I'm happy to ear you found your perfect partner for music. I hope the new YAMAHA flagship model of P series will reduce the initial weight of the keys. Also as I was saying, the plastic coat of the NWX seems really poor quality, when I played it the noise of my fingers hitting the keys was so noticeable ... As if the keys were almost hollow. They have wood inside, so must ultimately be the choice of the plastic. A real pity.
The NWX by the way felt a little mechanical but in return it was incredibly solid, precise, a true sharp action.

The LX708 mounts the Hybrid Grand Action, am I right? It should be a refined PHA-50 with longer keys and pivot points. I can imagine this can produce an even better feeling, but they're out of budget also for me. Would have been interesting to ear your opinion on the FP-90 action but I assume you didn't had the chance to go out and try it.




Originally Posted by Abdol
Originally Posted by dp7
Originally Posted by Doug M.
The speaker system on the FP90 is still too low-powered IMO to fully benefit the modelled piano sounds, and I would be going for either powered monitors for the room/studio, or a tower/or other PA system for performance. That's the issue with Roland modeled piano, but also, the Roland has a pretty cheap internal headphone amp, so I'd be getting an external amp to test the instrument with using headphones.

If you prefer the sound of the ES920 and the actions are equivalent, I'd opt for something like the Focal Alpha 50's bare minimum to boost the on-board amplification.

Bear in mind what these systems are designed for: small rooms, dorms etc, for practice purpose only. As most practice using headphones, the amplification is somewhat an optional extra --- useful but not a dominating concern. If it were, manufacturers would make more of an effort!
Hi Doug and thank you for your reply.
Unfortunately where I'll be spending the majority of the time, I really don't have space to add monitors or PA (I couldn't afford them anyways if that matters as at right now...)...
That's why I'm forced to rely on the internal speakers... The Kawai had plenty of power for my needs, and also sounded really good, the problem was the definition of the sound ruined by the body vibrations... Roland offers 20watts more, separate tweeters and woofers in a solid metal body. I boosted up the bass slider in the store to stress them and I heard no distortions at all. The sound was good, I think will be adeguate for my home practice...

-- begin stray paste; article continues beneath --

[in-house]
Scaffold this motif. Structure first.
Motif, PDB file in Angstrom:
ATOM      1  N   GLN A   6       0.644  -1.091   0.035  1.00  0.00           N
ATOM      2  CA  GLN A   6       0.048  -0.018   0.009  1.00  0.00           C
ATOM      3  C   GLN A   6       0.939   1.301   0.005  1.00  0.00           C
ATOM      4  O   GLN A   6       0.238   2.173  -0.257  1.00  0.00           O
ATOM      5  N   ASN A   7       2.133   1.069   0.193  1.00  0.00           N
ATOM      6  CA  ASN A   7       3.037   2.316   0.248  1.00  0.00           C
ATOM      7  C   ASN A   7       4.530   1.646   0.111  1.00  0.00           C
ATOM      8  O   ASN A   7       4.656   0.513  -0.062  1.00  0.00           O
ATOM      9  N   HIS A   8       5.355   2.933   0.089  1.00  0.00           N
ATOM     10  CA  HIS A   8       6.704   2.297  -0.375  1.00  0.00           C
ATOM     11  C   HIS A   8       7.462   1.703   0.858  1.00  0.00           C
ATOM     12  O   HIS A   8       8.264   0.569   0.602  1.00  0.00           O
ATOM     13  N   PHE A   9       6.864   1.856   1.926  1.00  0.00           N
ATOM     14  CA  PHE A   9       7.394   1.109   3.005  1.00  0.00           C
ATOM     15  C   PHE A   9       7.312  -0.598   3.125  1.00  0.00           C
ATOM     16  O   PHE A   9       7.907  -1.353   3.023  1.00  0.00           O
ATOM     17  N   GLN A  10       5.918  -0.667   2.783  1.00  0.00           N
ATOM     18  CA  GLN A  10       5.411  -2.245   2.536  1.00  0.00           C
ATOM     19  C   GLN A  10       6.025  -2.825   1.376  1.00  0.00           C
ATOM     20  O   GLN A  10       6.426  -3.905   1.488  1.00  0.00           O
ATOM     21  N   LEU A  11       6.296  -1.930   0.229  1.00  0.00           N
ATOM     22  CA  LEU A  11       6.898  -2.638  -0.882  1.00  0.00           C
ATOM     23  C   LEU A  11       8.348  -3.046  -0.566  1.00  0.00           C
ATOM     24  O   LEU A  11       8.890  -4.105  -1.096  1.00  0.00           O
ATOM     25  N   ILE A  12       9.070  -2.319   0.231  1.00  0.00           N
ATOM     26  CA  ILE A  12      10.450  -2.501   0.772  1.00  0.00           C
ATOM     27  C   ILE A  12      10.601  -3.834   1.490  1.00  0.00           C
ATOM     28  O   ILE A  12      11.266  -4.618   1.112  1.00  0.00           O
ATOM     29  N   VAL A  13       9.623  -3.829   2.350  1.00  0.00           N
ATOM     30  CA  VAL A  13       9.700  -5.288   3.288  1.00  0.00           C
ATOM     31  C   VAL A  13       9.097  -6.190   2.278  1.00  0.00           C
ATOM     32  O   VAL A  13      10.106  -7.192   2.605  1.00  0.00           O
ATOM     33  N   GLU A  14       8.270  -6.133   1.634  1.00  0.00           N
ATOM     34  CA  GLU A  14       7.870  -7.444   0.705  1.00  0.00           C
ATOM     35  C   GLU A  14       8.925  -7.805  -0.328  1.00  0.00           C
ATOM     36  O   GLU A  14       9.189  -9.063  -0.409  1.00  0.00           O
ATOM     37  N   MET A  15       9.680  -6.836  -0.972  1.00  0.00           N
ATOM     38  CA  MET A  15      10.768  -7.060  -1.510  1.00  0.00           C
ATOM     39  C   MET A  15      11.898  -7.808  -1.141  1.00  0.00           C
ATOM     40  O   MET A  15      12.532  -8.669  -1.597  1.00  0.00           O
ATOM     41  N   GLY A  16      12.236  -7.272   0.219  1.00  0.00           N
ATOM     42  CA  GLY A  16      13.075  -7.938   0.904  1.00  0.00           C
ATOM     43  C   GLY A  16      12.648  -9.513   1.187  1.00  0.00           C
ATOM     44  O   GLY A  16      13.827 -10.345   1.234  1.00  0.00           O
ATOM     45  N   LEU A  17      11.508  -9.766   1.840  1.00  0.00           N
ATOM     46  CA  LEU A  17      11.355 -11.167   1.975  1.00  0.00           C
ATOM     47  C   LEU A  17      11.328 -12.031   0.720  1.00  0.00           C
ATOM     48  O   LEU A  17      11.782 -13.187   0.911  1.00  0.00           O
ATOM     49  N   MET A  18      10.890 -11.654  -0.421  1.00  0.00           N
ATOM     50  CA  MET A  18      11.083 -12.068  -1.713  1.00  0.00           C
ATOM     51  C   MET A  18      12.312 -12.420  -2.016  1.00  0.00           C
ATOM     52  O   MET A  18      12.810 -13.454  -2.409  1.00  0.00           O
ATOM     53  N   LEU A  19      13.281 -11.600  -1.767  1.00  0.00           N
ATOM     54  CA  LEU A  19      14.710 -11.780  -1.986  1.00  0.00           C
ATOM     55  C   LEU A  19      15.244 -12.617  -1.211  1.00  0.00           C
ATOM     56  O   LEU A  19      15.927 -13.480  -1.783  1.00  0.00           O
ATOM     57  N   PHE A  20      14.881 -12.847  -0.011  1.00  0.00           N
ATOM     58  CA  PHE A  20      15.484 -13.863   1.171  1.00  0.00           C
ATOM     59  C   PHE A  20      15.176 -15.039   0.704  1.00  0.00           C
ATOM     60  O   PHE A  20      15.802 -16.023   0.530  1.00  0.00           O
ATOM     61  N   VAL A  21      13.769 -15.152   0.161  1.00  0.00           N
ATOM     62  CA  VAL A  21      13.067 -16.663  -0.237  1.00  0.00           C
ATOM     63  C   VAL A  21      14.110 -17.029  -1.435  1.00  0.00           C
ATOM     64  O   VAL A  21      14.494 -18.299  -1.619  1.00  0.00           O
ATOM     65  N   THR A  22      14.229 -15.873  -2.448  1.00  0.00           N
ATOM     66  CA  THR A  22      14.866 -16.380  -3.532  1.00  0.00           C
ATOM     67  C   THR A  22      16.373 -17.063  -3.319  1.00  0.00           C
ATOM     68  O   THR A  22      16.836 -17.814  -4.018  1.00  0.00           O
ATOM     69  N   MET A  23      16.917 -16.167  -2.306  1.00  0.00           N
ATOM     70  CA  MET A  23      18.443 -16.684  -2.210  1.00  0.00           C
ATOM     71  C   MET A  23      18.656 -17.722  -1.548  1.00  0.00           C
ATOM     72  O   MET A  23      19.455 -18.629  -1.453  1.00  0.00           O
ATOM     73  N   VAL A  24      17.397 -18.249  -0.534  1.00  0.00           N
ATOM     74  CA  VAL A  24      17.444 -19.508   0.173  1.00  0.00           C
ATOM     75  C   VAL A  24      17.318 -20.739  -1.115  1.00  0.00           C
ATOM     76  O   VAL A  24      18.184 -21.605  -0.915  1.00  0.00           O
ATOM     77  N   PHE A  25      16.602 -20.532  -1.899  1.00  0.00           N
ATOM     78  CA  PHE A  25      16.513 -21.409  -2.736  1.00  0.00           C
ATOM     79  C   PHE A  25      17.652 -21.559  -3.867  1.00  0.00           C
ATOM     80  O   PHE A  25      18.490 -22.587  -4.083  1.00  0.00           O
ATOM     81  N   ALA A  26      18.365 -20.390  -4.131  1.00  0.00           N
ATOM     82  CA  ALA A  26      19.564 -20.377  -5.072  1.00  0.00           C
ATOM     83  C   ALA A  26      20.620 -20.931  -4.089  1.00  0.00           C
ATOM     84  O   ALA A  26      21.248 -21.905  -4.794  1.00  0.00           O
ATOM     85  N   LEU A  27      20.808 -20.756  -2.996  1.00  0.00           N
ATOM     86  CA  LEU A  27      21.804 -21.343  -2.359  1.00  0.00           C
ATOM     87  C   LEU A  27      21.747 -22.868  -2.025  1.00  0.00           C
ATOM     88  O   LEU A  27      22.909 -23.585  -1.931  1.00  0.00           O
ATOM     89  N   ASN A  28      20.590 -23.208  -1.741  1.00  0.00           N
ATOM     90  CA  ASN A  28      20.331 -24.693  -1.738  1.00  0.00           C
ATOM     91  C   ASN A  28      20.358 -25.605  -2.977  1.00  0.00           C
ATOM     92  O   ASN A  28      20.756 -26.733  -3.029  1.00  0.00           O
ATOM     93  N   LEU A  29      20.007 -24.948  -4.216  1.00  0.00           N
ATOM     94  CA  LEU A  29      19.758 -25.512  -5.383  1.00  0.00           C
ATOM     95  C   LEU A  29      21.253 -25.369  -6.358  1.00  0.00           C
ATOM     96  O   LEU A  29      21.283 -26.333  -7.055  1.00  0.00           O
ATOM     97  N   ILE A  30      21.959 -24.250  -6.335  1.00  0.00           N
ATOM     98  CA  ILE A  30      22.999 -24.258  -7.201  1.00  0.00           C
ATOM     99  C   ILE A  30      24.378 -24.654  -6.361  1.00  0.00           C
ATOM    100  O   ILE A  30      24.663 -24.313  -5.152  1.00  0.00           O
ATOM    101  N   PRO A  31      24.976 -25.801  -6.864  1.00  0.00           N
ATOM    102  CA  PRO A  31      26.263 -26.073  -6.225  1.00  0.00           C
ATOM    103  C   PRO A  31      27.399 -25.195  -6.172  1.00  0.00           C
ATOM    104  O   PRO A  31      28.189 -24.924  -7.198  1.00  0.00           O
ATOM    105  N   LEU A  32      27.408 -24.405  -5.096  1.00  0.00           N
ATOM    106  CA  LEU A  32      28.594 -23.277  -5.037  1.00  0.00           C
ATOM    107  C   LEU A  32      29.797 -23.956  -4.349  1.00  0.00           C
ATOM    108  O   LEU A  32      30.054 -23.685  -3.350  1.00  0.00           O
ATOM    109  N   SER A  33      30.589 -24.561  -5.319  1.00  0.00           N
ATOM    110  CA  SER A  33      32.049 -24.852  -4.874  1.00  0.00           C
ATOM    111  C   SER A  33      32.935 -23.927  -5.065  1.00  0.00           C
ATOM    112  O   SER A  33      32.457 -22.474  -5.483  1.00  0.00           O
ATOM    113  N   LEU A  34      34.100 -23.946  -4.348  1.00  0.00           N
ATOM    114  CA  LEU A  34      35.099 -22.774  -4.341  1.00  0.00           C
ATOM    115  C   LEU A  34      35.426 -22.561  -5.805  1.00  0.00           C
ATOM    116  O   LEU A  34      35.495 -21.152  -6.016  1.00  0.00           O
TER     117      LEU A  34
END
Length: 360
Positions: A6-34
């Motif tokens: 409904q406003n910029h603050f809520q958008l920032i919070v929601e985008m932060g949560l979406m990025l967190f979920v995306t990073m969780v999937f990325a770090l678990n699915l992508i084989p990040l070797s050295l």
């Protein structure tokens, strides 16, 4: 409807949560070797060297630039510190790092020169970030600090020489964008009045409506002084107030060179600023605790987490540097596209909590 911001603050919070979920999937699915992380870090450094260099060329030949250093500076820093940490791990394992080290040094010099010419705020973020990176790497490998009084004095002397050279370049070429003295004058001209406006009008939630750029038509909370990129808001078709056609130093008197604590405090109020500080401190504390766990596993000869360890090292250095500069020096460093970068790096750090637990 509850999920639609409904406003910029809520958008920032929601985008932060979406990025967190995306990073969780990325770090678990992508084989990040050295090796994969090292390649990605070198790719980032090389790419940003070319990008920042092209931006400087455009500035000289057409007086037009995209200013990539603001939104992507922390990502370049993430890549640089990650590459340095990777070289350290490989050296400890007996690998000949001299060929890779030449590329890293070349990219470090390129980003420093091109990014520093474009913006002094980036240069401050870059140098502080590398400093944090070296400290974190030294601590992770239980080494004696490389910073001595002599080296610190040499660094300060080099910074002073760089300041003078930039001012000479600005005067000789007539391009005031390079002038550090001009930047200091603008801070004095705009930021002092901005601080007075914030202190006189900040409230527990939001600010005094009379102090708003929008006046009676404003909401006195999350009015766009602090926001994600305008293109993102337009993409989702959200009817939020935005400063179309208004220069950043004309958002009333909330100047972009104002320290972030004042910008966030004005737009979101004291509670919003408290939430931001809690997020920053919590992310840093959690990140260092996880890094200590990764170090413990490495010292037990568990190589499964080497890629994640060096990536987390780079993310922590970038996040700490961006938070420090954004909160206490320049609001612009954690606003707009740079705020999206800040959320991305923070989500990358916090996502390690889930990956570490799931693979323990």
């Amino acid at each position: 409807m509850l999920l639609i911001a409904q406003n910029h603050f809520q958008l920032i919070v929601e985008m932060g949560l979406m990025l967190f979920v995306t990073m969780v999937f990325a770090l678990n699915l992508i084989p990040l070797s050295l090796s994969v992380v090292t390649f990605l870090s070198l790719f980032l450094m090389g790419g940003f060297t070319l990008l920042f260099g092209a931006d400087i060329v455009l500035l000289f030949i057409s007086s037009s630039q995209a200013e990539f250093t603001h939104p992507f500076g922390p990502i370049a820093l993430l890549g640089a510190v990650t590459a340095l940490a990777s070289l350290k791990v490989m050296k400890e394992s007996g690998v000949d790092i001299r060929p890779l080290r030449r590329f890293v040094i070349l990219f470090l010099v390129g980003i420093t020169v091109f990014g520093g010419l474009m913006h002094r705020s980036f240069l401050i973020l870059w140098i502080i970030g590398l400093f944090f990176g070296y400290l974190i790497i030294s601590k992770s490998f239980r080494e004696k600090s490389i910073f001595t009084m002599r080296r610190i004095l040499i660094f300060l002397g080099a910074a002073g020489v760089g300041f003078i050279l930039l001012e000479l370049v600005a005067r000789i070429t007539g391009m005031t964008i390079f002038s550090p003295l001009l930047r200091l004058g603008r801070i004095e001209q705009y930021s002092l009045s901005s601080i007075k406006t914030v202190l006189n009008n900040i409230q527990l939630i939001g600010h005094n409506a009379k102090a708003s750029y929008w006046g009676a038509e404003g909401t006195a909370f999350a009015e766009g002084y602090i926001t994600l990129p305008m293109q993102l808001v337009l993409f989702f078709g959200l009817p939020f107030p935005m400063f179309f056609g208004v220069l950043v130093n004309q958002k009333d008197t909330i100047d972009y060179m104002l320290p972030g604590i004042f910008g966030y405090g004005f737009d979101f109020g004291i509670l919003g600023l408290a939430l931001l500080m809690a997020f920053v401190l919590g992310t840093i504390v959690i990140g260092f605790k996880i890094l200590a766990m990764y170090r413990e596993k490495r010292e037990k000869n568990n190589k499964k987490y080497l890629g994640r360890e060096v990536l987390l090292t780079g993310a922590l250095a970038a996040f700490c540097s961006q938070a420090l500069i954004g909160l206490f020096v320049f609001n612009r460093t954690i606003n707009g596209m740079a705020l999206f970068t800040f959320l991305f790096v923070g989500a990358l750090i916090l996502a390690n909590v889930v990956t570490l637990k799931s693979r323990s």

Now I'm a bit concerned if one of the two actions (NWX/PHA50) could result fatiguing...
That's why it'll be interesting to hear some thoughts about that!

Didn't knew about the headphone amp issue with the FP-90. Interesting, thank you for pointing it out!

Not sure if it works for you but if I were in your shoes I'd buy MP11SE and use headphones until I save enough money to buy monitor speakers.
The lack of space is the best friend of my lack of money! :P

Re: Some thoughts on sub 2000€/$ digital piano actions
dp7 #3040441 10/28/20 07:02 PM
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Originally Posted by Kammerklang
When I compared the FP90, ES8 and P-515 about 2 years ago, I had similar impressions. I finally bought the P-515, but I wasn't satisfied with the onboard speaker sound (the mids too discolored and somehow squeezed) so later I connected iLoud Micromonitors, which I really like. (as opposed to Doug M. ...)

My NWX keyboard in the P 515 has a down weight of 85g in the middle octaves. (Determined with coins) Presumably for reasons of weight, Yamaha decided not to install the original NWX version with counterweights in a slab, as it is in the CLP 585. Before the latest GrandTouch versions were released recently, many believed this weighted NWX to be Yamaha's best folded keyboard action - where the down weight is said to be around 65g. (That would be an estimated 20g counterweight per key, which would increase the total weight by approx. 1.8 kg and because the P515 already weighs 22kg, it was probably dispensed with ...)